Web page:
If your problem is fixable, we know just what to do.  But if it’s not? The fact that we have had no adequate answers to this question is troubling and has caused callousness, inhumanity, and extraordinary suffering (8).

What’s the point, anyway, of continuing chemotherapy, radiation, and surgery in terminal cases when such methodologies may involve great risk and, often, increase duress?

When, in short, should doctors, not just patients, let go?

Patients cling to hope and doctors knowingly feed into this, when frequently no regimen can procure that miracle of restoring health and dignity.

Or as Gawande vividly makes clear in his allusion to Tolstoy’s powerful tale, The Death of Ivan Ilyitch:

What tormented Ivan Ilyitch most was the deception, the lie, which for some reason they all accepted, that he was not dying but was simply ill, and he only need keep quiet and undergo a treatment and then something very good would result (2).

The ultimate challenge for physicians is to accept the restraints of biology and assist their patients to come to terms when that moment arrives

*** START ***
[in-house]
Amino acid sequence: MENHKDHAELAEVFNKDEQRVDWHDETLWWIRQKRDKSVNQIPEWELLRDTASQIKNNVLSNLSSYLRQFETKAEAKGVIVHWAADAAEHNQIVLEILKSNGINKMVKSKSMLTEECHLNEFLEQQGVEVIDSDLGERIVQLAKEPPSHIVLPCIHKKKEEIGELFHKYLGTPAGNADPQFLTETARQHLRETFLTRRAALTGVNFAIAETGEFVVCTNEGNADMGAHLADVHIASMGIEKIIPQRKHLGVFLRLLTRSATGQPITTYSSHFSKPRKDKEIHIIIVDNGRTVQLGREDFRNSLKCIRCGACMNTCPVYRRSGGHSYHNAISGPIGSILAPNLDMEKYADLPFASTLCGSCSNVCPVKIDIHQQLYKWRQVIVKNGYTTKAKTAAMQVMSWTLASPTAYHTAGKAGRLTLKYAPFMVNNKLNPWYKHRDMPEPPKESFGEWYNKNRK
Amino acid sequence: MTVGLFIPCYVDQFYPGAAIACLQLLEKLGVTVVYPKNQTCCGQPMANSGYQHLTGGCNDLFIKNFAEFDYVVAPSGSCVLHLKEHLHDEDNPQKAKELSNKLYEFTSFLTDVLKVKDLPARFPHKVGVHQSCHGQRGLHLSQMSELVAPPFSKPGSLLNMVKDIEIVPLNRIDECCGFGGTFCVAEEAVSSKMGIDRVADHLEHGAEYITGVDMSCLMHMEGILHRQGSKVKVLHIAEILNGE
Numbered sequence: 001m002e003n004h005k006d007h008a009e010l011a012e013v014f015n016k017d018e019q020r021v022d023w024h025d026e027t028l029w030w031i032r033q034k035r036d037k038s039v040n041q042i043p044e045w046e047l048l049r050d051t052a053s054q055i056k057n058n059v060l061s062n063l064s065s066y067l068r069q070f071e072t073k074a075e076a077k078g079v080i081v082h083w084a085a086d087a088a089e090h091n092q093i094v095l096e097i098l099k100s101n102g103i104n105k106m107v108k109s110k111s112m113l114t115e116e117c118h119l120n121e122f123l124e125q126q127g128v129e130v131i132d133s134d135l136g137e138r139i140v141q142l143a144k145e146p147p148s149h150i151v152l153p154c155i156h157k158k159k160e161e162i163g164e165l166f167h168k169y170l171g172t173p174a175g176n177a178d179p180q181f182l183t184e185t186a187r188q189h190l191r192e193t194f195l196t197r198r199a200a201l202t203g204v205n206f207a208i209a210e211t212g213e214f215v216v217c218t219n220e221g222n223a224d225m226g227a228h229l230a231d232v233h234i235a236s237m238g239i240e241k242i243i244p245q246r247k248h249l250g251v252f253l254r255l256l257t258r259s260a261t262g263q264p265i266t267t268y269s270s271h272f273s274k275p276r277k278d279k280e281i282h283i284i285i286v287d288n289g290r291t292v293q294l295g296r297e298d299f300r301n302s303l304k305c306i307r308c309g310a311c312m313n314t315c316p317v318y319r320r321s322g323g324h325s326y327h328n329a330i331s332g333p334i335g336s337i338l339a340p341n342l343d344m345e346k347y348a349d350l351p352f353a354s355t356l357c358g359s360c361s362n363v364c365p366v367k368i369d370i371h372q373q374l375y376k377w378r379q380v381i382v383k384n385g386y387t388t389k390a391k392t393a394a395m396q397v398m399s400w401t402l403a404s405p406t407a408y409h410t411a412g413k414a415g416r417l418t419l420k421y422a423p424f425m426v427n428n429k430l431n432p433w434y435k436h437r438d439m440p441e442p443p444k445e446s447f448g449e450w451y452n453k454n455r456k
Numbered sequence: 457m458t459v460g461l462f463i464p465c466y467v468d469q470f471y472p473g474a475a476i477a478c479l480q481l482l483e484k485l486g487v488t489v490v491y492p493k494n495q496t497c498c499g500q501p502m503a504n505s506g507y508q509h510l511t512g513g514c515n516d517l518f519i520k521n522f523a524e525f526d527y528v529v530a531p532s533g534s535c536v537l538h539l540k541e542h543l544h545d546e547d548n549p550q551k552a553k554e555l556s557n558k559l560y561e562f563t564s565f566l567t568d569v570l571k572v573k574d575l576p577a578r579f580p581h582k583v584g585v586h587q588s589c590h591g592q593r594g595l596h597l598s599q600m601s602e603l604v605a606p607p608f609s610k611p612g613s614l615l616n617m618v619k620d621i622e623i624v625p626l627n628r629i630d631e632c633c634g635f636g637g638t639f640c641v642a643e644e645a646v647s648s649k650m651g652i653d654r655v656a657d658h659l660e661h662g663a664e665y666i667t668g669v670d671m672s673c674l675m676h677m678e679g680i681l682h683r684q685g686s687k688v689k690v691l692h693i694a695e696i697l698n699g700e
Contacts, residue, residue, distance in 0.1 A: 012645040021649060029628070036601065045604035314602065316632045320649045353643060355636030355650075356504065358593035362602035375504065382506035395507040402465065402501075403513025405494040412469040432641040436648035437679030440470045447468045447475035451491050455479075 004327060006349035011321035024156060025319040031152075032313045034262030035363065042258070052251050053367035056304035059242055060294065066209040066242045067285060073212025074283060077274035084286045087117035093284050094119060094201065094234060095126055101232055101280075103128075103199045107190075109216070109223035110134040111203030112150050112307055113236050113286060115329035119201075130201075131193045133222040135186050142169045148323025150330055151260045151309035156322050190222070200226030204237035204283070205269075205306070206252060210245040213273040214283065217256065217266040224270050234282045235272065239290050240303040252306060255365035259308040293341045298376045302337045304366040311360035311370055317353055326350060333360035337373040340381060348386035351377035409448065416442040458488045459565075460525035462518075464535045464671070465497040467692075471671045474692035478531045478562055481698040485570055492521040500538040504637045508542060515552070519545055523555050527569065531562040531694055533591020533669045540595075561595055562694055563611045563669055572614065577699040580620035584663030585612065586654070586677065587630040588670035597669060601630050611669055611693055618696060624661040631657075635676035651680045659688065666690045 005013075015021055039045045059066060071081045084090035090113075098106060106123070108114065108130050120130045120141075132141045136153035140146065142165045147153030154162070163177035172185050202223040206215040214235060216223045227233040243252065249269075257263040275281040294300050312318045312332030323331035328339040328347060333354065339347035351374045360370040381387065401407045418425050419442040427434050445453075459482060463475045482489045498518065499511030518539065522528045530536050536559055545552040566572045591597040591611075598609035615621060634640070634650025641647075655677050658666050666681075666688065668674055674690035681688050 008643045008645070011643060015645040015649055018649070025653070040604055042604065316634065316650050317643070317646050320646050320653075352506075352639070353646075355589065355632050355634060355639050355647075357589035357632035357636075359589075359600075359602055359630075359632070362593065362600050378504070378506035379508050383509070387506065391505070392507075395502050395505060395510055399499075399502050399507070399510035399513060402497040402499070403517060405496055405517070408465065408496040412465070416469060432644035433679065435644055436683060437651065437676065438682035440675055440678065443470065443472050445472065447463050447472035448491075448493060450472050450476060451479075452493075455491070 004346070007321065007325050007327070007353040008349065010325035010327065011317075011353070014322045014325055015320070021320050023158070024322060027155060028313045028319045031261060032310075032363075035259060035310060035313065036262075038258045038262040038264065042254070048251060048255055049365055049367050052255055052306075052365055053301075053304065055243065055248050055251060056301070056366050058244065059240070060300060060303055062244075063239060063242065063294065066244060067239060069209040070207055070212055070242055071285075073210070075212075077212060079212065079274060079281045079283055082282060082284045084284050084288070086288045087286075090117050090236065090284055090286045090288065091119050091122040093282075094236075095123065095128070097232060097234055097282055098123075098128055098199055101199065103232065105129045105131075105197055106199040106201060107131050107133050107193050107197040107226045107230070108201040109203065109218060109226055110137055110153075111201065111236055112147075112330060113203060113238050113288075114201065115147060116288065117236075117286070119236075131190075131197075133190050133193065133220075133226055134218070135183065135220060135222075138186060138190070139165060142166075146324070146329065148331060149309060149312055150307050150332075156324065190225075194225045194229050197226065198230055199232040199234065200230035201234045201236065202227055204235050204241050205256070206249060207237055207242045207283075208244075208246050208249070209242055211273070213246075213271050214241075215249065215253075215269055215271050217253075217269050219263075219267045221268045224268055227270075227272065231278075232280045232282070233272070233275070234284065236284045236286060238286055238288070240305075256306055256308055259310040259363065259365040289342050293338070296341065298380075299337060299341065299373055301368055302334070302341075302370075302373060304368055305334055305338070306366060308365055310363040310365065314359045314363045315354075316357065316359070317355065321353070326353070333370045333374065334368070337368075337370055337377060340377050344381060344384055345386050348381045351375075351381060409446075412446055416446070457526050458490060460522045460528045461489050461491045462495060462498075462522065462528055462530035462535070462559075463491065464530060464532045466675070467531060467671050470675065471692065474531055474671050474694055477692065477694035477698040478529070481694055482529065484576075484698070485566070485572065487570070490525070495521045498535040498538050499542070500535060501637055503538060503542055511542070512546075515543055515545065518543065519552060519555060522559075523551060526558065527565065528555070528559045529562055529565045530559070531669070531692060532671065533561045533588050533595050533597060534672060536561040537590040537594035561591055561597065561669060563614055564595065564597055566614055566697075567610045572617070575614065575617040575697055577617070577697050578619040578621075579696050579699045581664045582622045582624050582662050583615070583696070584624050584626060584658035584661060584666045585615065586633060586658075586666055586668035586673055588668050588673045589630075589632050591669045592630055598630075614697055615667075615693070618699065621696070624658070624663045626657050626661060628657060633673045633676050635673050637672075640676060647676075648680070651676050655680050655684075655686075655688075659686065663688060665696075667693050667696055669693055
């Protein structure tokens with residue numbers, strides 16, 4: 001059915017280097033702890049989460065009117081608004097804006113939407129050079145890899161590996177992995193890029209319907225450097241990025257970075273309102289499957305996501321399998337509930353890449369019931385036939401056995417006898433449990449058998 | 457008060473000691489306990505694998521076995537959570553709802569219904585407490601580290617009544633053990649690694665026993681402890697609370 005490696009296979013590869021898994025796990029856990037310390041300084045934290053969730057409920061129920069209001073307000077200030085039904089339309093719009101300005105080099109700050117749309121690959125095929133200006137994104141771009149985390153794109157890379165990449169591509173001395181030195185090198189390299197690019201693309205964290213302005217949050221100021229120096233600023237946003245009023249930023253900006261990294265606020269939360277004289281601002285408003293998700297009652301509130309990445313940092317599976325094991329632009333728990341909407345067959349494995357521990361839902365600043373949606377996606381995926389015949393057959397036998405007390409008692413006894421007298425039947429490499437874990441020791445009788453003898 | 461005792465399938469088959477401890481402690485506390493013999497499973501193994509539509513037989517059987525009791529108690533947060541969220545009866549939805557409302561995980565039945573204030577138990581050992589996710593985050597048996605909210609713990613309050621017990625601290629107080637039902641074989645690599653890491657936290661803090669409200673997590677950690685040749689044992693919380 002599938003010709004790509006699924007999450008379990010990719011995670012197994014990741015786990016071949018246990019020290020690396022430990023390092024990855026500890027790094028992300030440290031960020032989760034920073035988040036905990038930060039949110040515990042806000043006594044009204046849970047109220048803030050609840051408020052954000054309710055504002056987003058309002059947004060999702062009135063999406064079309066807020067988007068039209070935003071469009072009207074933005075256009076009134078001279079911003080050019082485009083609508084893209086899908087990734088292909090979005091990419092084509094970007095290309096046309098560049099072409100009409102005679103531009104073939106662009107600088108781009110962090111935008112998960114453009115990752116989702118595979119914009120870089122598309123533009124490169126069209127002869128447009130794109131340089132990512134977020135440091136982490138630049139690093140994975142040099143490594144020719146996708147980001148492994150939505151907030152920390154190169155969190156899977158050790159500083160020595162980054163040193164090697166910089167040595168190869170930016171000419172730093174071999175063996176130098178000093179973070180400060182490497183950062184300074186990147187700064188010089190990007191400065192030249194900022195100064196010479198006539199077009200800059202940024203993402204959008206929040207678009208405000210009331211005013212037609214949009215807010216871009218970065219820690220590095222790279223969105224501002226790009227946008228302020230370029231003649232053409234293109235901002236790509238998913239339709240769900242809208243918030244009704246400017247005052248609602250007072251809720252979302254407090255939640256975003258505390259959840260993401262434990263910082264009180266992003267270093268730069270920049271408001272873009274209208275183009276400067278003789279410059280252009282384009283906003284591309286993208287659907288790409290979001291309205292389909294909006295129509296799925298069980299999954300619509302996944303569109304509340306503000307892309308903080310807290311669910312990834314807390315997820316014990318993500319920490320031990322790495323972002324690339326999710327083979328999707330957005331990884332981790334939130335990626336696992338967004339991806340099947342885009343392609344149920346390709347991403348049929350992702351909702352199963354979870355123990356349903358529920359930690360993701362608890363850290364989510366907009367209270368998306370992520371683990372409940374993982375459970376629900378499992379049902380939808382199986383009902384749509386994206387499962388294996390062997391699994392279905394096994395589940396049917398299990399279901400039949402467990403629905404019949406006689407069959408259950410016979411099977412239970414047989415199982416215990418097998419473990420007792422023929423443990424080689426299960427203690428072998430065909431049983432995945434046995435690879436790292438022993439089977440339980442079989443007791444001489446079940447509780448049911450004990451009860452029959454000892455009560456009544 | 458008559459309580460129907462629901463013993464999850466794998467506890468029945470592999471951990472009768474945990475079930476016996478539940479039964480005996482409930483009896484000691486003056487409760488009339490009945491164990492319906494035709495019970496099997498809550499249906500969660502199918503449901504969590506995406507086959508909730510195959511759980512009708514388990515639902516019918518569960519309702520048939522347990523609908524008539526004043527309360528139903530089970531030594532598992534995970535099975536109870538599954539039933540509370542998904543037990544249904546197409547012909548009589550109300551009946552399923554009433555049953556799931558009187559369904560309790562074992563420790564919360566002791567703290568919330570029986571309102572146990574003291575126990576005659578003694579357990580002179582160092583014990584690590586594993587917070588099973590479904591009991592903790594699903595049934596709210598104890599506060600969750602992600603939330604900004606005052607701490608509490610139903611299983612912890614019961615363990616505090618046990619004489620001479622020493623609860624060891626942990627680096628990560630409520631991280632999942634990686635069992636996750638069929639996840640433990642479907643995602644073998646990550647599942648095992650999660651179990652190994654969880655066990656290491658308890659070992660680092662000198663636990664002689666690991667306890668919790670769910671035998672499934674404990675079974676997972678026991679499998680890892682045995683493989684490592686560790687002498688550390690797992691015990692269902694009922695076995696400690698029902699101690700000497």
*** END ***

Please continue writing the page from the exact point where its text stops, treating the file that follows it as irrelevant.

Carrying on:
Otherwise, they can inflict considerable, even barbaric, suffering.

Doctors need to be patient-centered, addressing the patient’s best interests, and sometimes the greatest kindness entails being candid..

Ultimately, it’s about providing patients with options that preserve dignity, lessen suffering, and are in accord with the patient’s priorities.

We’ve made some progress in the now universal acceptance of Advanced Directives, though initially contested. But what about options for the terminal patient, still conscious, who lingers, often in great pain, and with perhaps even greater to come?

Gawande says that there are two dominating physician protocols: the one patronizing (this is what you should do); the other, informative (here are your scenarios).

Doctors do better when they ask the right questions of their patients in such contexts:

Whenever serious sickness or injury strikes and your body breaks down, the vital questions are the same: What is your understanding of the situation and its potential outcomes? What are your fears and what are your hopes? What are the trade-offs you are willing to make or not willing to make? And what is the course of action that best serves this understanding? (259)

Palliative care, for example, may well be a better option to further surgery, chemotherapy and radiation when the outcome may make matters worse.